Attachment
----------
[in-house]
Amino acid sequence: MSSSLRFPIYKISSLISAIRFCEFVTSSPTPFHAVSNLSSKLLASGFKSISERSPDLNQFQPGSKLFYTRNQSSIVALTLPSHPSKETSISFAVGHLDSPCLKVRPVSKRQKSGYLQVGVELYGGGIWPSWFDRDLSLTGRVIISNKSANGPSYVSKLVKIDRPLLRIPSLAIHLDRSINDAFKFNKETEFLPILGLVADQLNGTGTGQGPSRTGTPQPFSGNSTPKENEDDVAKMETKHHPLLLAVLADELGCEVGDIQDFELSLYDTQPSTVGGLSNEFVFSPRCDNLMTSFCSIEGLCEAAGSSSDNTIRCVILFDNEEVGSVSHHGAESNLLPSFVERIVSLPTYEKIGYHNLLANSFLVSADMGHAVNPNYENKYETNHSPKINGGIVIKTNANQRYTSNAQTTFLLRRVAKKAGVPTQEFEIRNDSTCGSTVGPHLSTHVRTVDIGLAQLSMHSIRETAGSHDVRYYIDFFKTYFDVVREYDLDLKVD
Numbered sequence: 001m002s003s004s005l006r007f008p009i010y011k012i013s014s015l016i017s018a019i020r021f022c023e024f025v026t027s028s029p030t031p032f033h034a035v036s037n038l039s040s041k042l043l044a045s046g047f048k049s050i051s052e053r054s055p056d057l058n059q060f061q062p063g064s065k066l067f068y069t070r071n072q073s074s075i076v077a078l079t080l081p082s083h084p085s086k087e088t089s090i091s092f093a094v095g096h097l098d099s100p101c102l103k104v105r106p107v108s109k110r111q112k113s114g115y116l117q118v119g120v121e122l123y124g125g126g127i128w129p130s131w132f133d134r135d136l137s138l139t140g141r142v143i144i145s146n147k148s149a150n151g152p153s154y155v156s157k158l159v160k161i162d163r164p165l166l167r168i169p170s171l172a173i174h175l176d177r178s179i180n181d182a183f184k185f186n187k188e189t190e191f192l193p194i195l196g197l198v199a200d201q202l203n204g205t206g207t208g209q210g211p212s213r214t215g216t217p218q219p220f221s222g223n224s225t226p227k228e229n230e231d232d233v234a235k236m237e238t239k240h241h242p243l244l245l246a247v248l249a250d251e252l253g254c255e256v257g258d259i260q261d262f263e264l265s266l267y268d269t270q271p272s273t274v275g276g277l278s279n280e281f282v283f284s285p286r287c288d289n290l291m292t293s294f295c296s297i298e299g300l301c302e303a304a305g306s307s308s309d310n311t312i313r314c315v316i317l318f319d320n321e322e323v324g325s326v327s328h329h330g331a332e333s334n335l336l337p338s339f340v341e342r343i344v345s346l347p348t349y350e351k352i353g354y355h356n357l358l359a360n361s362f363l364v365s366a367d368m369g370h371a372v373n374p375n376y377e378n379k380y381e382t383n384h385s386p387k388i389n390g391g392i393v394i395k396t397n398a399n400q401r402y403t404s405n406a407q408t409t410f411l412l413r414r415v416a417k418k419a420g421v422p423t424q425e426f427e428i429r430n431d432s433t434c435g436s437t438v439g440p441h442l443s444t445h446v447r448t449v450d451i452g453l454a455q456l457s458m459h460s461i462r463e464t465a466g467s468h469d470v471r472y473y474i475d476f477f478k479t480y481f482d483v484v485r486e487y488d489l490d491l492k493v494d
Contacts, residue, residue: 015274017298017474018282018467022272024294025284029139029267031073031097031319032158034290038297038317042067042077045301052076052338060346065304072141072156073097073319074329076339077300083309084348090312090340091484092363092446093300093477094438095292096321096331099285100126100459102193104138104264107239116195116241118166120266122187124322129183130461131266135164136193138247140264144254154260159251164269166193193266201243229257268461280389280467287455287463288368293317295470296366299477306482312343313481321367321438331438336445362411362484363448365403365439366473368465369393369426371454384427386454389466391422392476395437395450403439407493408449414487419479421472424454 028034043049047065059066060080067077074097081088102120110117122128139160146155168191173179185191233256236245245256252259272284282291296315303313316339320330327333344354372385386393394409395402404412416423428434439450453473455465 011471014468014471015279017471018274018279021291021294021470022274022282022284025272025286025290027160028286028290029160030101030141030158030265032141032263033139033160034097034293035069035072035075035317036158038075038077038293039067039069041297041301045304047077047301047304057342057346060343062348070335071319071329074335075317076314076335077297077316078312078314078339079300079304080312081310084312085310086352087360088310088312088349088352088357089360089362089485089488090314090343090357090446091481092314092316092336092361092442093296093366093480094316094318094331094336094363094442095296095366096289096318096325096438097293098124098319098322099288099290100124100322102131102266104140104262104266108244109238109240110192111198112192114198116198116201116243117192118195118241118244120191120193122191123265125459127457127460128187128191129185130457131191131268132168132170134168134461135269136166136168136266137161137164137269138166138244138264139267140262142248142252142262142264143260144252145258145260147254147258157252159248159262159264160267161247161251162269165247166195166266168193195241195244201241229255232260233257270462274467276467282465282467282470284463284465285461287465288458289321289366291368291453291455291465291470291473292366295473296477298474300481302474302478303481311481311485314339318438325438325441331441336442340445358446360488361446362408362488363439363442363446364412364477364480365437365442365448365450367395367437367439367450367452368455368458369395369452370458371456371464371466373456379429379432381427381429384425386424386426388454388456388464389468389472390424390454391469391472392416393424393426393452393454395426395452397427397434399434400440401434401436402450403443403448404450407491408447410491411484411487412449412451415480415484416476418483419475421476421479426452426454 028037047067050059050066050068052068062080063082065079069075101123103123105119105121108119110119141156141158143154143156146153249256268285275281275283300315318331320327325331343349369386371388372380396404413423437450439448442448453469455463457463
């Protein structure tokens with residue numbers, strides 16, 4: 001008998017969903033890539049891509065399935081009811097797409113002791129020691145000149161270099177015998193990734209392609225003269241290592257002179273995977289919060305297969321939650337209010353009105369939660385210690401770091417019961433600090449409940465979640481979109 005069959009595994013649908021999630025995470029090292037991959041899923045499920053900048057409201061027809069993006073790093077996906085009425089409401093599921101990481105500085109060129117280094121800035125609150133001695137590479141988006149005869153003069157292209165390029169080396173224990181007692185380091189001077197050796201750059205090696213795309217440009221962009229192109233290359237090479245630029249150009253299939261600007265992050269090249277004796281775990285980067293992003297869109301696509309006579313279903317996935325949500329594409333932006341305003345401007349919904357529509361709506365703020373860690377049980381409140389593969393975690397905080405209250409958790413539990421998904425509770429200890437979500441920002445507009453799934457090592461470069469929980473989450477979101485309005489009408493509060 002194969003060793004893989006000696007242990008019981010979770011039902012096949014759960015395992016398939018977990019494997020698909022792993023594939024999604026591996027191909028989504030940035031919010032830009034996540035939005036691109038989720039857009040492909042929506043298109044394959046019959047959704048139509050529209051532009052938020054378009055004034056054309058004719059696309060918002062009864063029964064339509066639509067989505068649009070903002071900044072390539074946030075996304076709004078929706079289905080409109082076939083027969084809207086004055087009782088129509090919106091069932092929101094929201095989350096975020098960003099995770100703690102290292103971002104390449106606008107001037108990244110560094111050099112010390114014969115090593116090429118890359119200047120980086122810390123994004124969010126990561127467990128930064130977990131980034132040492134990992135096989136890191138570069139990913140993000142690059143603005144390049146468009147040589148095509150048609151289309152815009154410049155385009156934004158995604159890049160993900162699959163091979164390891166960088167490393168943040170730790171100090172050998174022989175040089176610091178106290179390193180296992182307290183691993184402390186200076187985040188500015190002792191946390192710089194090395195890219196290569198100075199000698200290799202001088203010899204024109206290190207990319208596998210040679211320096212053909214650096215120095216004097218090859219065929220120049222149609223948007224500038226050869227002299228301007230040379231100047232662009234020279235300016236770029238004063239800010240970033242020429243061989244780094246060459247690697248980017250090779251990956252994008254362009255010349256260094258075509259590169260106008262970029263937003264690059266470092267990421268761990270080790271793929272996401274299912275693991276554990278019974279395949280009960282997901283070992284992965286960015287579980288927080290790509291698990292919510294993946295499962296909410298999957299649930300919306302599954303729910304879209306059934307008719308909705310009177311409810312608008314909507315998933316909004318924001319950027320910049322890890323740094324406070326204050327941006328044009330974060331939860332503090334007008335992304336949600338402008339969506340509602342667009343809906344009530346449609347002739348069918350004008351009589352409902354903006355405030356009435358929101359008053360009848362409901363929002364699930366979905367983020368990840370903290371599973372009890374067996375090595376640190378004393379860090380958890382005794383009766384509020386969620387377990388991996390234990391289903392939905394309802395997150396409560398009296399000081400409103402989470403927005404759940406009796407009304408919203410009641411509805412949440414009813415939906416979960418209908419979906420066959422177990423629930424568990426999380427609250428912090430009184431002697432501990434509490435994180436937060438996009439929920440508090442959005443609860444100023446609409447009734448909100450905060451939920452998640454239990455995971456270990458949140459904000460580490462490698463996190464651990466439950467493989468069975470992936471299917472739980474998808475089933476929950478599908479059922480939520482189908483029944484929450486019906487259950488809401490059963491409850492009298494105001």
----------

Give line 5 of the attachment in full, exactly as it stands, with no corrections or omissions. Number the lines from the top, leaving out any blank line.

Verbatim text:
């Protein structure tokens with residue numbers, strides 16, 4: 001008998017969903033890539049891509065399935081009811097797409113002791129020691145000149161270099177015998193990734209392609225003269241290592257002179273995977289919060305297969321939650337209010353009105369939660385210690401770091417019961433600090449409940465979640481979109 005069959009595994013649908021999630025995470029090292037991959041899923045499920053900048057409201061027809069993006073790093077996906085009425089409401093599921101990481105500085109060129117280094121800035125609150133001695137590479141988006149005869153003069157292209165390029169080396173224990181007692185380091189001077197050796201750059205090696213795309217440009221962009229192109233290359237090479245630029249150009253299939261600007265992050269090249277004796281775990285980067293992003297869109301696509309006579313279903317996935325949500329594409333932006341305003345401007349919904357529509361709506365703020373860690377049980381409140389593969393975690397905080405209250409958790413539990421998904425509770429200890437979500441920002445507009453799934457090592461470069469929980473989450477979101485309005489009408493509060 002194969003060793004893989006000696007242990008019981010979770011039902012096949014759960015395992016398939018977990019494997020698909022792993023594939024999604026591996027191909028989504030940035031919010032830009034996540035939005036691109038989720039857009040492909042929506043298109044394959046019959047959704048139509050529209051532009052938020054378009055004034056054309058004719059696309060918002062009864063029964064339509066639509067989505068649009070903002071900044072390539074946030075996304076709004078929706079289905080409109082076939083027969084809207086004055087009782088129509090919106091069932092929101094929201095989350096975020098960003099995770100703690102290292103971002104390449106606008107001037108990244110560094111050099112010390114014969115090593116090429118890359119200047120980086122810390123994004124969010126990561127467990128930064130977990131980034132040492134990992135096989136890191138570069139990913140993000142690059143603005144390049146468009147040589148095509150048609151289309152815009154410049155385009156934004158995604159890049160993900162699959163091979164390891166960088167490393168943040170730790171100090172050998174022989175040089176610091178106290179390193180296992182307290183691993184402390186200076187985040188500015190002792191946390192710089194090395195890219196290569198100075199000698200290799202001088203010899204024109206290190207990319208596998210040679211320096212053909214650096215120095216004097218090859219065929220120049222149609223948007224500038226050869227002299228301007230040379231100047232662009234020279235300016236770029238004063239800010240970033242020429243061989244780094246060459247690697248980017250090779251990956252994008254362009255010349256260094258075509259590169260106008262970029263937003264690059266470092267990421268761990270080790271793929272996401274299912275693991276554990278019974279395949280009960282997901283070992284992965286960015287579980288927080290790509291698990292919510294993946295499962296909410298999957299649930300919306302599954303729910304879209306059934307008719308909705310009177311409810312608008314909507315998933316909004318924001319950027320910049322890890323740094324406070326204050327941006328044009330974060331939860332503090334007008335992304336949600338402008339969506340509602342667009343809906344009530346449609347002739348069918350004008351009589352409902354903006355405030356009435358929101359008053360009848362409901363929002364699930366979905367983020368990840370903290371599973372009890374067996375090595376640190378004393379860090380958890382005794383009766384509020386969620387377990388991996390234990391289903392939905394309802395997150396409560398009296399000081400409103402989470403927005404759940406009796407009304408919203410009641411509805412949440414009813415939906416979960418209908419979906420066959422177990423629930424568990426999380427609250428912090430009184431002697432501990434509490435994180436937060438996009439929920440508090442959005443609860444100023446609409447009734448909100450905060451939920452998640454239990455995971456270990458949140459904000460580490462490698463996190464651990466439950467493989468069975470992936471299917472739980474998808475089933476929950478599908479059922480939520482189908483029944484929450486019906487259950488809401490059963491409850492009298494105001």